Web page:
You might think indoor air would be cleaner than outdoor air, but that’s not necessarily the case. Recent studies have shown that indoor air is often contaminated with a higher concentration of microplastic particles — the same microplastics found in both bottled and tap water.
How does plastic get into the air?
The introduction of plastic particles into the air happens on a smaller scale than the naked eye can see. Plastic becomes fragmented through friction, heat, and light, on a level invisible to our human eyes.
Use of a plastic body scrubber can send 100,000 microplastic beads into the air, according to the UK’s Environmental Audit Committee. Though almost anything made of plastic is a likely source for plastic particles, the majority of airborne microplastic particles come from synthetic clothing and synthetic furniture textiles.
Although we’re used to hearing about the toxicity of plastic, the existence of plastic particles in the air has only recently become known and measured. Researchers aren’t sure what to do about this.
One company, Blueair, created an air filter that uses static electricity to charge the fine plastic particles and trap them in the filter. Static electricity isn’t a new discovery, but technology that uses it in an air filter is setting a standard for the future of the entire industry.
It’s likely just a matter of time before all air filter manufacturers will be producing similar filters for their existing systems. According to Consumer Reports, an air purifier with an energy star rating is one of the cheapest and most effective ways to filter the air in your home.
Still, even the best standalone air filter is only useful for a single room. It’s great to have an air filter unit in your bedroom or office, but you have to maintain clean HVAC filters for your central system conscientiously, and preferably using a filter with a high MERV rating.
Even though standard air filters aren’t electrostatically charged, they will trap a percentage of ambient microplastic particles.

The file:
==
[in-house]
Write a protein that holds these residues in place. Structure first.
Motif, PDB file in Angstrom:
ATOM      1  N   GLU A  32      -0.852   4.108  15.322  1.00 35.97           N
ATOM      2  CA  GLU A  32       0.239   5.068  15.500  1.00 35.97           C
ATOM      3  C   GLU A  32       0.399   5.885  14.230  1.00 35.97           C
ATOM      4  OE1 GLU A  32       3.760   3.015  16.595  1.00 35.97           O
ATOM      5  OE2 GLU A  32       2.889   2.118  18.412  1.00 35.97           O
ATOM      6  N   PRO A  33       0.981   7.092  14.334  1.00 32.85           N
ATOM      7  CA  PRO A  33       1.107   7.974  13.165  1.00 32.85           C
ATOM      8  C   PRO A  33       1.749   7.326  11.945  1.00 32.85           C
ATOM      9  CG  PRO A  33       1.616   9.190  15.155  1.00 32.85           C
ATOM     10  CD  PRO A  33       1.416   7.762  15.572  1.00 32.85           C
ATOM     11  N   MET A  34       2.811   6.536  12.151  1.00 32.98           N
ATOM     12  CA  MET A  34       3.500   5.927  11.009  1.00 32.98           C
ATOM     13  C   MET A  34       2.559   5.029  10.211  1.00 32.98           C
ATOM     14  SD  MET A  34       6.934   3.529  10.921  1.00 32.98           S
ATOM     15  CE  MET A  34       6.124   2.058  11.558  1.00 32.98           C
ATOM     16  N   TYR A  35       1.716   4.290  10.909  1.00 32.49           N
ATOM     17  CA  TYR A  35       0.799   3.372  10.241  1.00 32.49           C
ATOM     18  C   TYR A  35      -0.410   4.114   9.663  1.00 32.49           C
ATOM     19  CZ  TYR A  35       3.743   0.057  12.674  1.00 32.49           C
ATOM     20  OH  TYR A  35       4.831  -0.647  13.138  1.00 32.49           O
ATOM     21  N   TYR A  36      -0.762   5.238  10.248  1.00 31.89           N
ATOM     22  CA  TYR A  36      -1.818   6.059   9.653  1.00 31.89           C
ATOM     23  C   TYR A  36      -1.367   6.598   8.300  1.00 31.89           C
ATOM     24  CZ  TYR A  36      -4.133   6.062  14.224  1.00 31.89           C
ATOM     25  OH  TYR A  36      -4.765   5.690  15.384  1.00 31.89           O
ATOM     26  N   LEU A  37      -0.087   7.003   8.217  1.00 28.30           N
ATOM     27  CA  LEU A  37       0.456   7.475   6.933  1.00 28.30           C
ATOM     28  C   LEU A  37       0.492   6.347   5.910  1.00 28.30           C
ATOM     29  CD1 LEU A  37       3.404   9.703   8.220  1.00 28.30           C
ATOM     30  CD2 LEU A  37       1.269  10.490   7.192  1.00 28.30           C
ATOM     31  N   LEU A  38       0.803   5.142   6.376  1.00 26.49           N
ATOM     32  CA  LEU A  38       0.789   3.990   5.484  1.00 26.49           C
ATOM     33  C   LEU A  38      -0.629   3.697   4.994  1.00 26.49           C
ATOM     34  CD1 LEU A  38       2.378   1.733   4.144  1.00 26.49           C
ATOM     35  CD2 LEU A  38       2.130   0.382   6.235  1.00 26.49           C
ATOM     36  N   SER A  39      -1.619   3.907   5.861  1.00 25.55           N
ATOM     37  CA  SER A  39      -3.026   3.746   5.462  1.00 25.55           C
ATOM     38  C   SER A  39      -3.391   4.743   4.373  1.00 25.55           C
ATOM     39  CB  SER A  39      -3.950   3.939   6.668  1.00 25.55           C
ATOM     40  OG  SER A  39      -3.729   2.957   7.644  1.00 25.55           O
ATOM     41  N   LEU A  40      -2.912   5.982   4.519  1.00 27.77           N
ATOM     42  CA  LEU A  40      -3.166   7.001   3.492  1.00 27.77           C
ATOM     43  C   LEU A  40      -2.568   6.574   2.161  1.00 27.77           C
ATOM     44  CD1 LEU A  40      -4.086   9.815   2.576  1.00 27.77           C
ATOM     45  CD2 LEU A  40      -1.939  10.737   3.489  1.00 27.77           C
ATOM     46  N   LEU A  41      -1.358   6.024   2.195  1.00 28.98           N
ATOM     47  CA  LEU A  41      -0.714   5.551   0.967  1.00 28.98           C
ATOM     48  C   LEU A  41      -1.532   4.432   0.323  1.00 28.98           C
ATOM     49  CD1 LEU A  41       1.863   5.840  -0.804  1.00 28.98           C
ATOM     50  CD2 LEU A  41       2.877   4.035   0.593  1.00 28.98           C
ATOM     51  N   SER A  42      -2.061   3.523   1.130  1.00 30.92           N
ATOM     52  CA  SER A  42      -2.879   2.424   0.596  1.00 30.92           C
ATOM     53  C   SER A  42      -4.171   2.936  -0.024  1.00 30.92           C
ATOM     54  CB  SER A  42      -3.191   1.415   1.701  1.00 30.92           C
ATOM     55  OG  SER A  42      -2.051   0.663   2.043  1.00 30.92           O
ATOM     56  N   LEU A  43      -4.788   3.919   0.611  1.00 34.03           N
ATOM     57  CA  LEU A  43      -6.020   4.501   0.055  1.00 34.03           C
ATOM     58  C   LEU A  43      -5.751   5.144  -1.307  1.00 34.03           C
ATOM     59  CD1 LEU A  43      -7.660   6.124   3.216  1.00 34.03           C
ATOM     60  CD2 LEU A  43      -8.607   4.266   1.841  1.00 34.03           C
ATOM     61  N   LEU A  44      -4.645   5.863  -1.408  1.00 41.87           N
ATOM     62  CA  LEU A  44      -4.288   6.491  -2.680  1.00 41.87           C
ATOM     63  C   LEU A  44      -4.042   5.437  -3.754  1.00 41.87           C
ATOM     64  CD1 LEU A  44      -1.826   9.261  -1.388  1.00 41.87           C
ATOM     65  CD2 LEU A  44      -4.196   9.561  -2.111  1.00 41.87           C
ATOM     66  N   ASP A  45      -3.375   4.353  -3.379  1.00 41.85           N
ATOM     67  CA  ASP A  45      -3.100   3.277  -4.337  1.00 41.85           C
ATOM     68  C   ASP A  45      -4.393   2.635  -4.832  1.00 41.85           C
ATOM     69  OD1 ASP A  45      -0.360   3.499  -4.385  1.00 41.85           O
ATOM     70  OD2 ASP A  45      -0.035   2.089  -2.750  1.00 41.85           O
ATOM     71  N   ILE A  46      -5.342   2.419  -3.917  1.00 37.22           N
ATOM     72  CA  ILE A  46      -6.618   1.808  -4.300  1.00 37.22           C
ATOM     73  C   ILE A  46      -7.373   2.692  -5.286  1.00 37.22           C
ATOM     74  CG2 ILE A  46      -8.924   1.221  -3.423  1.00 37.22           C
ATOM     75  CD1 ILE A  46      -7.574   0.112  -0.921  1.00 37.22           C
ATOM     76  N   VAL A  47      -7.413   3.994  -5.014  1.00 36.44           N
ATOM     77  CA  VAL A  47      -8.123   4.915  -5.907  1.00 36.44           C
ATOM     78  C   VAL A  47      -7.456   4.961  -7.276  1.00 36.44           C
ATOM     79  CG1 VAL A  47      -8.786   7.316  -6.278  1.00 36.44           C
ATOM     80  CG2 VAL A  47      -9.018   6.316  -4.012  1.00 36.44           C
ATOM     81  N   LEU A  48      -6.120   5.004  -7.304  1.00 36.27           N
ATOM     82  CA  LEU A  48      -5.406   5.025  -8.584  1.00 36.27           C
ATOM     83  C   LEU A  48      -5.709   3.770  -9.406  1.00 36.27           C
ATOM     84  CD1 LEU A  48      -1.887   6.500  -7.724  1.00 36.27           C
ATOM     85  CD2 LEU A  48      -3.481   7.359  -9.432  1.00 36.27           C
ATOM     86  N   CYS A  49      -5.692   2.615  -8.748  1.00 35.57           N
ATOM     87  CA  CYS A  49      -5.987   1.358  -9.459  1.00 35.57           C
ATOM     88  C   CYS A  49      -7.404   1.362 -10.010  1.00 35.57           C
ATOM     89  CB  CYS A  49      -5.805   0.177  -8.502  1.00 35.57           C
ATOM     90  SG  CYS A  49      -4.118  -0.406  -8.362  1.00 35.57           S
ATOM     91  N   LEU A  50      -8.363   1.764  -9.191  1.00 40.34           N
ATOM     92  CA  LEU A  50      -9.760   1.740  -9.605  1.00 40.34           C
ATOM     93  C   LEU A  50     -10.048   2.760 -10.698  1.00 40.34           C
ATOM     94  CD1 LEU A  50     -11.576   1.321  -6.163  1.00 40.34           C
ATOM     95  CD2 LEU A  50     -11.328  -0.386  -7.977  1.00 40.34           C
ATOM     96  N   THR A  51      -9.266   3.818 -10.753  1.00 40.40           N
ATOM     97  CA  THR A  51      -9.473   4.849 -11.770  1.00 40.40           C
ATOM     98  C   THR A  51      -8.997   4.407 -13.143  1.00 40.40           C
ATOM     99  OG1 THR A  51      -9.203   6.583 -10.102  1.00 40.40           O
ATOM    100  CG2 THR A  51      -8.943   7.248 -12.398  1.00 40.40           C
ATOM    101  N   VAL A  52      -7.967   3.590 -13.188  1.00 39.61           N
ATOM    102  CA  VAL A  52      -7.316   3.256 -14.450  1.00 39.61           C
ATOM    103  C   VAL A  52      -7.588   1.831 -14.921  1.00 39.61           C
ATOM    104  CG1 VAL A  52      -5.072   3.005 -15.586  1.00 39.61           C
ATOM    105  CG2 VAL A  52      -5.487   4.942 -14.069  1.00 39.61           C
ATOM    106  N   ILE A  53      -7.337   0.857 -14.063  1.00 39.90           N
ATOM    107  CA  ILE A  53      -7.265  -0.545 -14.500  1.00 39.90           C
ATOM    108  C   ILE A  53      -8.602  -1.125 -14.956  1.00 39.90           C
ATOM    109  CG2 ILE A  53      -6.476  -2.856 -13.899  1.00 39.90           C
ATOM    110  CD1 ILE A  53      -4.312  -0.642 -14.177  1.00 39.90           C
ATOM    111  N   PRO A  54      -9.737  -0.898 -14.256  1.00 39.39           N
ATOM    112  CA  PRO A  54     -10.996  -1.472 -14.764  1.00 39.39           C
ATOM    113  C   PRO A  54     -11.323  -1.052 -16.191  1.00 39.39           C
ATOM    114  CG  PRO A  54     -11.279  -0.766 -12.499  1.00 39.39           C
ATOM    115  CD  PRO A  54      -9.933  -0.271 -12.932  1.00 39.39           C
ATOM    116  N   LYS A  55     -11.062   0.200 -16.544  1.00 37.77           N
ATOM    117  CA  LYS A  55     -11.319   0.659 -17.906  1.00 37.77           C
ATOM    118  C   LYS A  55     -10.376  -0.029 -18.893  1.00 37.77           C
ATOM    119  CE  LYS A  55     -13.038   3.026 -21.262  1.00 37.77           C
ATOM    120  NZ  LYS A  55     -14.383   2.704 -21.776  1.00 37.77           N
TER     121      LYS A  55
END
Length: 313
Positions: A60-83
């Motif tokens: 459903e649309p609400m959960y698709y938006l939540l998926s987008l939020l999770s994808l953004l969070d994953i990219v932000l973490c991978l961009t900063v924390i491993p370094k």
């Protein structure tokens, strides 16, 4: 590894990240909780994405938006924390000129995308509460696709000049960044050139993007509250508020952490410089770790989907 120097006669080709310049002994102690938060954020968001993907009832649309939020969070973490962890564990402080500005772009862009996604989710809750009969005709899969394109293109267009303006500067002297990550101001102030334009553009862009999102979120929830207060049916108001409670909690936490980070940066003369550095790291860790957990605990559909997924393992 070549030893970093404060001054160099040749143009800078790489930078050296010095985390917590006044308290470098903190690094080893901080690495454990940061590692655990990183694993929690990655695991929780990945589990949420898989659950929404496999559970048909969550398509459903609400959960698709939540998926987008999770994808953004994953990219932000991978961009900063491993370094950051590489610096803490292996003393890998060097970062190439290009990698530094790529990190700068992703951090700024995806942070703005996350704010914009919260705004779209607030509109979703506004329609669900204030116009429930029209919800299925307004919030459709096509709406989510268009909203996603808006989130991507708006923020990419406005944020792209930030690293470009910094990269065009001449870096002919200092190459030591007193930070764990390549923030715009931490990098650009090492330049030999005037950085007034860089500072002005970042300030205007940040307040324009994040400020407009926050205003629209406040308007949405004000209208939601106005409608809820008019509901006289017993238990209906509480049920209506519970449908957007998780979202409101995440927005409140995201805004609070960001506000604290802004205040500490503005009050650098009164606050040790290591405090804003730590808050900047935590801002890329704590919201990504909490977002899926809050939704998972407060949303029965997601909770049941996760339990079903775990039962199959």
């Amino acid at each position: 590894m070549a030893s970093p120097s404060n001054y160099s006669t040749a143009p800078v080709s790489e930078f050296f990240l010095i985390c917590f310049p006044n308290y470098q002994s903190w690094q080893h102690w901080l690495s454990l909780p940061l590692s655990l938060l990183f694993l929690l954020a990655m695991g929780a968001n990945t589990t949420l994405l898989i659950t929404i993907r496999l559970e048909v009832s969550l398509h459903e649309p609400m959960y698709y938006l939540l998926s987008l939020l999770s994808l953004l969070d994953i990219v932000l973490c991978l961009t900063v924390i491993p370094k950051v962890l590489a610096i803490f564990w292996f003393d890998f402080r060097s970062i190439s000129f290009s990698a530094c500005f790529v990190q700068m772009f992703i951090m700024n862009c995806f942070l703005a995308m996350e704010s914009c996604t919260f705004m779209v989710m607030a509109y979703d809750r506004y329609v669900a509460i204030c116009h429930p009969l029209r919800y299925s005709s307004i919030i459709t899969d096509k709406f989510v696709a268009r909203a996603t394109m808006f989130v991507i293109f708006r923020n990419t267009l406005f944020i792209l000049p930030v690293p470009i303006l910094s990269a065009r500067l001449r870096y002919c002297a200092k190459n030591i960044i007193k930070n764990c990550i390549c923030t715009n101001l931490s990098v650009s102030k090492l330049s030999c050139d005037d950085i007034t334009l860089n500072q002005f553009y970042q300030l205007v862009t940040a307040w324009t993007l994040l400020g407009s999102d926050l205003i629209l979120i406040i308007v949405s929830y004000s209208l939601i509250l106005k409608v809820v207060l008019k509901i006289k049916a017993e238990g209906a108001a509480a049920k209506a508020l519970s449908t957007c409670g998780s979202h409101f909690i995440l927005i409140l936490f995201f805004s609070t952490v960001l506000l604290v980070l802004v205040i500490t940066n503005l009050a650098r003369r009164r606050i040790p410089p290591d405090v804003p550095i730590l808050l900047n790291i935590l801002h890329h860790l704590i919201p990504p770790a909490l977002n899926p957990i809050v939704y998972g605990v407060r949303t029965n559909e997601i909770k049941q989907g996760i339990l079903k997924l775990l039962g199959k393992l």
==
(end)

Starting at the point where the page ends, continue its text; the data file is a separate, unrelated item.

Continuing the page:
Breathing in microplastic is harmful to human health
Plastic hasn’t been around long enough for researchers to have documented all the long-term effects of various kinds of exposure. It’s known that certain chemicals in plastic can disrupt hormones, mimic estrogen, and cause weight gain, though.
As an example, BPA is one such chemical. It’s used to make plastics more durable and was previously given to chickens and cows to fatten them up prior to slaughter.
BPA-free plastic isn’t necessarily safe. There are two additional toxic chemicals in plastic: polyvinylchloride and phthalates.
Polyvinylchloride is used in food packaging, plastic wrap, cosmetics, floor tiles, pacifiers, shower curtains, children’s toys, and inflatable toys. This chemical has been linked to cancer, birth defects, bronchitis, and liver dysfunction.
Phthalates such as DEHP and DINP are used in soft vinyl products, including clothing, paint, shoes, vinyl flooring, IV containers, surgical gloves, and other medical devices. These chemicals are linked to a host of problems including, but not limited to:
- Endocrine disruption
- Reproductive harm
- Hormone changes
- Decrease in sperm count
- Immune system impairment
Microplastics are a new threat to human health
Stephanie Wright, a researcher at the Centre for Environment and Health at King’s College London in the UK, has been studying microplastics in the air. “We’ve only recently recognized human exposure to microplastics through the air,” Wright told National Geographic.
Researchers theorize that the burning of fossil fuels may be contributing to the amount of microplastics in the air. The most significant problem is that microplastics are sticky, and tend to accumulate other particles prior to entering the human body.
Microplastics carry other pollutants into the body
Microplastics can carry toxins like mercury and persistent organic pollutants (POPs) into our bodies, including brominated flame retardants and polycyclic aromatic hydrocarbons (PAHs), which are known to have adverse effects on human health.
Static electricity: an old technology that is the future of clean air
Static electricity isn’t only useful for making your hair stand on end. As more research is conducted into the harmful effects of plastic in the air, air filtration companies will have no choice but to get on board making filters charged by static electricity.
It’s an old technology that will eventually make headlines and garner praise for preserving the air we breathe.
Larry Alton is a professional blogger, writer, and researcher. A graduate of Iowa State University, he's now a full-time freelance writer and business consultant.Currently, Larry writes for Entrepreneur.com, Inc.com, and Forbes.com, among others. In addition to journalism, technical writing and in-depth research, he’s also active in his community and spends weekends volunteering with a local non-profit literacy organization and rock climbing. Follow him on Twitter (@LarryAlton3), at LinkedIn.com/in/larryalton, and on his website, LarryAlton.com. To read more of his reports — Click Here Now.
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